Underwriters Laboratories leads the country in setting safety standards designed to ensure public safety and confidence and maximize the quality of manufactured products. Companies that conform to the standards can label their products as UL certified, but there are rules to follow when it comes to labeling. Underwriters Laboratories provides details about its labeling requirements, featuring some basic tenets.
UL Approval Process
Before any company can label its product as adhering to standards set by Underwriters Laboratories, it must apply for UL certification. UL performs various reviews to determine whether a manufactured product adheres to safety standards applicable to that particular product category. For example, in the medical device industry, UL serves to register companies based on ISO 14971 standards. These standards relate to the use of labeling on medical devices, which often require special instructions for health-care industry workers. The safety standards used are predetermined and are published in the UL’s Standards for Safety listings.
Marking and Labeling
Before products can feature labels that assert UL approval, the labels must be reviewed to ensure they meet basic requirements set by UL. This program oversees review of labels by determining how they actually perform at the end-user level. The labels are evaluated in four separate areas, including printing material used. Among the concerns is how well labels hold up against the wear they are likely to endure. For example, labels are often exposed to humidity, heat and oils that can damage the labels. Labels suitable for use under this category include those painted or enameled on metal and those that adhere to alkyd paint or enamel. The program also measures the area of labels where printing can occur and the appearance of the printing in terms of legibility and prominence. Manufacturers that do not use the program cannot use UL labeling unless they purchase their labels from an approved supplier.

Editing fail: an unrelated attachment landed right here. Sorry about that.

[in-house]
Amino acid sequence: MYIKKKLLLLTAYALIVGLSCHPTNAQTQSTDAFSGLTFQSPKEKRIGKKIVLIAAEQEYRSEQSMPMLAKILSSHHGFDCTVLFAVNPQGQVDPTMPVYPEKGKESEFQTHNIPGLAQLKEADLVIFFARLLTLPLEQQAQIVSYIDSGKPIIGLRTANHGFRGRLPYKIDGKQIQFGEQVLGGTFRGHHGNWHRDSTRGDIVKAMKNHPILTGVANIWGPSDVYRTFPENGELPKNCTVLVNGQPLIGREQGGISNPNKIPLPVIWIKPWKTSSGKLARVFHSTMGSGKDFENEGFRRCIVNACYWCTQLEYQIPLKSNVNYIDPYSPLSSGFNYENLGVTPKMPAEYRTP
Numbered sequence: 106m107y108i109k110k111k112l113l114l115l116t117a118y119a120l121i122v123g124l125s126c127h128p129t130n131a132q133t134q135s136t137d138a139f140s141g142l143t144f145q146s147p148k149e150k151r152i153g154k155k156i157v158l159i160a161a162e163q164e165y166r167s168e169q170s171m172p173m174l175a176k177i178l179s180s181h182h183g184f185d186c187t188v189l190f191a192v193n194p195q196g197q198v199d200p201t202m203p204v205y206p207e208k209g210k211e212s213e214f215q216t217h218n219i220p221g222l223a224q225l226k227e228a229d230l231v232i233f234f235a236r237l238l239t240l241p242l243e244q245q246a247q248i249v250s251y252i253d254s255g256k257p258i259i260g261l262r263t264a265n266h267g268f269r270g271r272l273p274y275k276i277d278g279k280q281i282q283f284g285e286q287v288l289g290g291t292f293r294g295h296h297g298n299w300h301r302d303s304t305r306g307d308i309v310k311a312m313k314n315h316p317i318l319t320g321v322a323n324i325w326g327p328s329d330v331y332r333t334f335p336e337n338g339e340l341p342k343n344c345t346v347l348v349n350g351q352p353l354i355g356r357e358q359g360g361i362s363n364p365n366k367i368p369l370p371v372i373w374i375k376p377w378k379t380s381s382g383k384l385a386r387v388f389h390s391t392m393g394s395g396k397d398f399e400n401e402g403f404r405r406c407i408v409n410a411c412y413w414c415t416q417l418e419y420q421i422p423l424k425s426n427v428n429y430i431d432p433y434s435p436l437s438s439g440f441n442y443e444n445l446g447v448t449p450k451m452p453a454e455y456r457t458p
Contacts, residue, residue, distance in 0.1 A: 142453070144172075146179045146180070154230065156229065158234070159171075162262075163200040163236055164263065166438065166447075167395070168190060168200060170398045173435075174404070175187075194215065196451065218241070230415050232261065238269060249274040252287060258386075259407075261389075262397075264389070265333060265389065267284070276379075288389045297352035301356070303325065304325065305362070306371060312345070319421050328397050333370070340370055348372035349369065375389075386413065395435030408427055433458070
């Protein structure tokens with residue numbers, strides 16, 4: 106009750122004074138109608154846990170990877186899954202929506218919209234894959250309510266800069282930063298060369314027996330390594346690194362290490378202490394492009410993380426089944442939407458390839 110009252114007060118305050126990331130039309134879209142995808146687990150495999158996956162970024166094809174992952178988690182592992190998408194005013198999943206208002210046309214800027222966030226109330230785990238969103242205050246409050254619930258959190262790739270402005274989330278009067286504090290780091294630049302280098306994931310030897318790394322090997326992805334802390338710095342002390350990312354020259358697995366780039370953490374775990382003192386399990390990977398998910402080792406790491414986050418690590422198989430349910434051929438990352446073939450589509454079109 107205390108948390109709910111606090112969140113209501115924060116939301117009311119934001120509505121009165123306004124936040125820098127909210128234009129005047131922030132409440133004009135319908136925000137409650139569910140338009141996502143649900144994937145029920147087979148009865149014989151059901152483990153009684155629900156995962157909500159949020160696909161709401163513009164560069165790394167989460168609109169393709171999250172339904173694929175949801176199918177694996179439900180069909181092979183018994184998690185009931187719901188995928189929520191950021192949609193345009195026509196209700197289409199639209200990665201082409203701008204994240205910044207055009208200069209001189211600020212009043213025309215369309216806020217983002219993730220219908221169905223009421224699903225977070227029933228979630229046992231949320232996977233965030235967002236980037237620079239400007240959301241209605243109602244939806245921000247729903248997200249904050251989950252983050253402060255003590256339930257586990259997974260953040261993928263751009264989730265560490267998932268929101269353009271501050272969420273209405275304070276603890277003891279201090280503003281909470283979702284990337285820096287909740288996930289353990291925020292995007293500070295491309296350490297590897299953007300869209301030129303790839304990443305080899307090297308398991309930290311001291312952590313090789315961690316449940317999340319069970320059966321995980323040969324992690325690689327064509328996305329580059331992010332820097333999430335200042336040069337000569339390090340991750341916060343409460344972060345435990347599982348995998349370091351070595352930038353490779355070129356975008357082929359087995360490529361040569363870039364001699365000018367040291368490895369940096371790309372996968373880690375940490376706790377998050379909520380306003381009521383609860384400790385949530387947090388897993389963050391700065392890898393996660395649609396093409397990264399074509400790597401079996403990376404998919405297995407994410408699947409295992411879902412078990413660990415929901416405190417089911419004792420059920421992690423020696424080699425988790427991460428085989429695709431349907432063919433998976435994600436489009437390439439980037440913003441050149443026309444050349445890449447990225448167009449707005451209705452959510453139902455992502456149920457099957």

Authorized Label Suppliers
Under this labeling program, companies are required to use only UL listing labels that have been supplied by authorized companies. These are companies that Underwriters Laboratories have approved. They have endured a certification process that ensures they comply with various UL labeling requirements. The requirements they must meet are similar to those set for companies that opt for the Marking and Labeling System Program. UL publishes a list of companies authorized to supply other companies with UL listing labels. The list is available at ul.com/clients/label.
In today’s marketplace, many products made by one manufacturer are sold under the label of another company. The rules for UL listing require companies that market private-label products to apply for the Multiple Listing Service before it can market the products as UL-approved. This only applies to those products for which the original manufacturer already has secured UL approval. In a Multiple Listing Service application, both the private label company and the original product manufacturer must complete the form.
Based in Central Florida, Ron White has worked as professional journalist since 2001. He specializes in sports and business. White started his career as a sportswriter and later worked as associate editor for Maintenance Sales News and as the assistant editor for "The Observer," a daily newspaper based in New Smyrna Beach, Fla. White has written more than 2,000 news and sports stories for newspapers and websites. He holds a Bachelor of Arts degree in journalism from Eastern Illinois University.